Posts Tagged ‘Napa Cabernet Sauvignon

Would You Close A Deal with a Wine Called “Sassy Bitch”?

Serendipity is an amazing thing. I had just been thinking about how poorly the wine industry markets to women when friend/superflack Julie Ann Kodmur asked if I wanted to meet Sharon Kazan Harris. A Napa winemaker who had studied in Bordeaux, Harris also runs A Woman’s Palate, a wine education program for executive women. Like golf or fancy watches, wine is useful hobby for Lean-Inners in finance, law, tech and the like. While I wasn’t able to taste her small-production Chardonnays and Cabernet Sauvignon, we did talk at length about getting women more interested in wine — and getting the industry to notice.
A few highlights:



My conversation with Harris gave shape to some fuzzy questions that have been taking up way too much of my brain space lately. Is the wine industry so focused on millennials that it takes for granted the customers it already has (i.e., women)? When will marketers figure out that “on the nose” style of marketing to women (pink labels, the word “mommy” thrown around indiscriminately) is really unsophisticated? How do you get more women to buy fine wine? And are we really OK with stuff like this? Or these?

Tags : , , , ,

Wine, Women and Blog: Colleen Fleming

Most of the wine-related peeps I read about are dudes. However, many of the wine-related peeps I’ve met, worked with, and knocked back a few glasses/bottles with are women. So please welcome this new STBNY feature, Wine, Women and Blog, wherein I introduce you to some of them.
First up is Colleen Fleming, Assistant Manager of Kelly Fleming Wines. Located in Calistoga, this winery produces less than 1,000 cases of Cabernet Sauvignon and Sauvignon Blanc each year. Their wines are a great reminder not to throw the baby out with the bathwater: yes, yes, yes, there are way too many overextracted Napa wines out there in circulation, but these are not among them. The Cabernet Sauvignon is lush, no doubt, but there’s elegance at play, too. At $90 a pop, it’s not a bargain, but relatively speaking, it offers good value.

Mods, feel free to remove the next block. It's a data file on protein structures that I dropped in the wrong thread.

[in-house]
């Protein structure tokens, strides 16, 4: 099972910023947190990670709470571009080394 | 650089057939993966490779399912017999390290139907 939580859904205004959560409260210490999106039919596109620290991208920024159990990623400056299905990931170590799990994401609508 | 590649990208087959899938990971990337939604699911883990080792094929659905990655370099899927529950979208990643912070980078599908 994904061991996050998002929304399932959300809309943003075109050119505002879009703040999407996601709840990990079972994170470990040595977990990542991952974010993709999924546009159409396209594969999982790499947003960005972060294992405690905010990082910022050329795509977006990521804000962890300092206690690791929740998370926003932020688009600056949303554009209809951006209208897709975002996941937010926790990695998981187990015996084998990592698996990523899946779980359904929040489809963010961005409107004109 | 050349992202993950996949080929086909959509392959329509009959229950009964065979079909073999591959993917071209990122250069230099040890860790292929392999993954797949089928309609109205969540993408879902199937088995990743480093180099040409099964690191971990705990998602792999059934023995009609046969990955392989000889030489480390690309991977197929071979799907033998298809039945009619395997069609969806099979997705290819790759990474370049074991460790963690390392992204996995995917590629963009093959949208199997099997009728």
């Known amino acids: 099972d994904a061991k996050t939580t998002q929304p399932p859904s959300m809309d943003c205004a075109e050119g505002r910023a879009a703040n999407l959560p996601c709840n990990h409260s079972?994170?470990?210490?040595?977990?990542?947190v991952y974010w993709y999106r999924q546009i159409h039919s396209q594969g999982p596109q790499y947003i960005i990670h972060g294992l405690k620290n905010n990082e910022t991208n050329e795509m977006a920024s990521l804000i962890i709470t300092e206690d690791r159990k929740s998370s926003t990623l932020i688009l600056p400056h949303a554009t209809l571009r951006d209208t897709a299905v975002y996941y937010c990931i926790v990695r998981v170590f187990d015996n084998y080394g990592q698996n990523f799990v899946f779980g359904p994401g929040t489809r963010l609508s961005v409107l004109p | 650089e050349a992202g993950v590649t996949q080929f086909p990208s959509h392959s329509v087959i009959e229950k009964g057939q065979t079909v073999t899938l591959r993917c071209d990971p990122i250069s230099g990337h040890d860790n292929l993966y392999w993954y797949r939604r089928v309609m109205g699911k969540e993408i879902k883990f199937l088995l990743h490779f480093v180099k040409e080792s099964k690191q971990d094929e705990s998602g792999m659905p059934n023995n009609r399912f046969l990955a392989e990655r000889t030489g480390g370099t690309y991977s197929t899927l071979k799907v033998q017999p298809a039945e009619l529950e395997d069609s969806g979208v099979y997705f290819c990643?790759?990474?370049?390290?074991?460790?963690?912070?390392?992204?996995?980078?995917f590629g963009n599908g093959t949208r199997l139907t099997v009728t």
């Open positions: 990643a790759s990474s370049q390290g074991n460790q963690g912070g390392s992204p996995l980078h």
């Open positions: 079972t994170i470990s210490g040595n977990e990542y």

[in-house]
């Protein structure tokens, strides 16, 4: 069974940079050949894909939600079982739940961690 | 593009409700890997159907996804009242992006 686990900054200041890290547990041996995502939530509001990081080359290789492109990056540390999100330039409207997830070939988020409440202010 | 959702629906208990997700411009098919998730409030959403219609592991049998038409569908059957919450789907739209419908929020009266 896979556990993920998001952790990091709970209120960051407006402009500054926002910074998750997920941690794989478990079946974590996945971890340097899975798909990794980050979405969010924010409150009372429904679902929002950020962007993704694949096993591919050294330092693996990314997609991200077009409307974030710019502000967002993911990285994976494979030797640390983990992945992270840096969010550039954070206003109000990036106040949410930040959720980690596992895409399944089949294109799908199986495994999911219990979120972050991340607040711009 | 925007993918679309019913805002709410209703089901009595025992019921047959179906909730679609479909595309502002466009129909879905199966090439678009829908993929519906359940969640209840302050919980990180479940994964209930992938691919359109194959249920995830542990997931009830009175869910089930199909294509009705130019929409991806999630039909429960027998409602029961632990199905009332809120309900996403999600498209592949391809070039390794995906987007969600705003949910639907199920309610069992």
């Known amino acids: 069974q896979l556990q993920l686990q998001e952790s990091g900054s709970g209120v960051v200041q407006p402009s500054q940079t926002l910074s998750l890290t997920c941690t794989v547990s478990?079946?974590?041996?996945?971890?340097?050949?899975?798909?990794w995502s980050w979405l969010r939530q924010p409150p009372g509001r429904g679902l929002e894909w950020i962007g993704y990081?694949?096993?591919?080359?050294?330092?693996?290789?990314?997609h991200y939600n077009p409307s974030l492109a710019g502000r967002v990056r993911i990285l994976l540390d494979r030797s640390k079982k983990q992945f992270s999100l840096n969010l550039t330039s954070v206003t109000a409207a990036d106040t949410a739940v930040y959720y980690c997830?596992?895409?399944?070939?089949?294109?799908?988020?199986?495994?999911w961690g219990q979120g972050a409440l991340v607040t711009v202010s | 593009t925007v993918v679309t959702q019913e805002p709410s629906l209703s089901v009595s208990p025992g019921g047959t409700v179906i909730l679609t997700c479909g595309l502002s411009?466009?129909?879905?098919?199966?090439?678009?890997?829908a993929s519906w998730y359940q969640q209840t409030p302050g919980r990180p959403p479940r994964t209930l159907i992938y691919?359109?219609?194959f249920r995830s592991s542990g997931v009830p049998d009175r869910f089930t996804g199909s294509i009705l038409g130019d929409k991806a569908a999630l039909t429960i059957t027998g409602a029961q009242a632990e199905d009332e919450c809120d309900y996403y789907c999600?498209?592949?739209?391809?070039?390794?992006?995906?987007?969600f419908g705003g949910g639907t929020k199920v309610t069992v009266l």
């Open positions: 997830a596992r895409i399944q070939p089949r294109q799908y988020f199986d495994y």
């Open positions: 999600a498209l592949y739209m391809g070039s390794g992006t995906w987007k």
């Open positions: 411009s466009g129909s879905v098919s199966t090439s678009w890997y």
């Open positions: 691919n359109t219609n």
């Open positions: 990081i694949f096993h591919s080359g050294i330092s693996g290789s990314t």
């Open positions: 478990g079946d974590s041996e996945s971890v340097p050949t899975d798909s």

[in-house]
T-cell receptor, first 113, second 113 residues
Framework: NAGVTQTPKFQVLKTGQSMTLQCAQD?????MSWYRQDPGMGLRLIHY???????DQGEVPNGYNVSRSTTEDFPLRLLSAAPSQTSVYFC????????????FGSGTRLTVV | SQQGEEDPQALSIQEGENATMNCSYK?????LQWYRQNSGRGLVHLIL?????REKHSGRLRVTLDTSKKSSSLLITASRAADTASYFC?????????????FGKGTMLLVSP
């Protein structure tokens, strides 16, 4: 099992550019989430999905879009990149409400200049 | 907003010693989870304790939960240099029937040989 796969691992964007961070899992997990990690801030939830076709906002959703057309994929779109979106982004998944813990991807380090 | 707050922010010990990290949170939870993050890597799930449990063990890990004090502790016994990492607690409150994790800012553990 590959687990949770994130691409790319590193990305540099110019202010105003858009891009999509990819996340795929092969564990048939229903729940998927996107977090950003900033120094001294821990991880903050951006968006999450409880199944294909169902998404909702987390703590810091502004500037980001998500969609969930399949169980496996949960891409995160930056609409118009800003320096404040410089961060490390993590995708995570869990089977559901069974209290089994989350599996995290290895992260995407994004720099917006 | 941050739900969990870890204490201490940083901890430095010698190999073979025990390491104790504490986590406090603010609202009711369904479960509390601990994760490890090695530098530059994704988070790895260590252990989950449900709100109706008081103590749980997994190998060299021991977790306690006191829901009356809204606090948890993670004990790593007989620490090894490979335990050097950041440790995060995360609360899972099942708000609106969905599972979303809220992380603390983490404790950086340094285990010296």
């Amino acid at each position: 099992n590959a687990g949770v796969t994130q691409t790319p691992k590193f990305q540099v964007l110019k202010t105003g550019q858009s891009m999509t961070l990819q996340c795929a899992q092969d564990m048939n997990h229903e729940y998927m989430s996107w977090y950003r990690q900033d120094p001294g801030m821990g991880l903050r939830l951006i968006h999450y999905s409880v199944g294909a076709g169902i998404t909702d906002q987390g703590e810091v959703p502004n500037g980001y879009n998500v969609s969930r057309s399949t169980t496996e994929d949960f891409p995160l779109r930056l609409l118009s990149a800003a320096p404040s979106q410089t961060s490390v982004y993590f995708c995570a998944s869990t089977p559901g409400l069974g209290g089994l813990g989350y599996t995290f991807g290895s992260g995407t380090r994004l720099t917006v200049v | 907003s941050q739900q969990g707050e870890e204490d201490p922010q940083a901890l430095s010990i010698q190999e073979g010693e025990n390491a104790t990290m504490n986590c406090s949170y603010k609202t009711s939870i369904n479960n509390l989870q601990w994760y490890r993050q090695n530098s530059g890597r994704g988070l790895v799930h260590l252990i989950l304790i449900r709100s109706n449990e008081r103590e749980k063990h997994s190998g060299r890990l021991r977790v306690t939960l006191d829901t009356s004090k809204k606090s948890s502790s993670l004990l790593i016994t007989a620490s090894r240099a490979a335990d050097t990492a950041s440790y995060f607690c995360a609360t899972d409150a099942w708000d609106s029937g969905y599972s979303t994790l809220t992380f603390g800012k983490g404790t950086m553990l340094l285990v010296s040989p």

As Assistant Manager, Colleen is an admitted jack-of-all-trades. (She’s also Kelly’s daughter.) See below for some thoughts from Colleen on the relationship between their wine and contemporary Japanese fiction, her weirdest wine/food combo, and the joys of doing the dishes with her mom and brother. (Well, if you get to do it here, I guess it wouldn’t be so bad.)
If you could compare your Cabernet Sauvignon to someone famous, living or dead, who would it be? 

I would compare our Cabernet to a Haruki Murakami novel.  On the surface it’s a realistic wine, but has an underlying surrealist, magical quality!  It expands and contracts.  Alternately, sometimes I try it with a perfect food pairing, roast quail or grilled lamb, and it’s like a Buddy Guy song.  It can be a radical moment.

What wine (aside from your own!) could you not live without?

German Rieslings, especially ones with a little age and a heavy dose of petrol.

What wine region are you dying to visit next?

Germany or Champagne.

What’s the oddest food/wine combination you’ve ever tried?

Chocolate with blue cheese and port.  It was weird and awesome.

What wine trend are you most excited about?

More and more farmers taking the leap to organic farming, and also dry farming.

What wine trend would you like to see go the way of the dodo bird?

Oaky malolactic Chardonnay.  Sorry!

What’s the best part of being in the wine business?

Drinking all the profits.  I’m only half-kidding.  I honestly love working with my mom and brother, it’s so fulfilling!  I also love being a small boutique winery with a small staff.  It forces us all to wear many hats and be involved in everything from cleaning fermentation tanks, walking the vineyards, doing the dishes.

What’s the harshest reality about working in the wine business?

It’s a lot messier and harder than most people think.  Harvest is all manual labor!  It’s a great work-out though.

What person in the wine business do you most admire?

My mom.  She was the sole employee for the first 10 years before the winery was built.  She’s a rock star.  And a great mom too.

It’s not every mother and daughter who could work together, especially in such a demanding, all-consuming field. What’s your secret to making it work?

Patience, honesty, communication and the reassurance that we can always have a nice big glass of wine at the end of the day.  Wine cures all.


Blog Widget by LinkWithin

Tags : , , , ,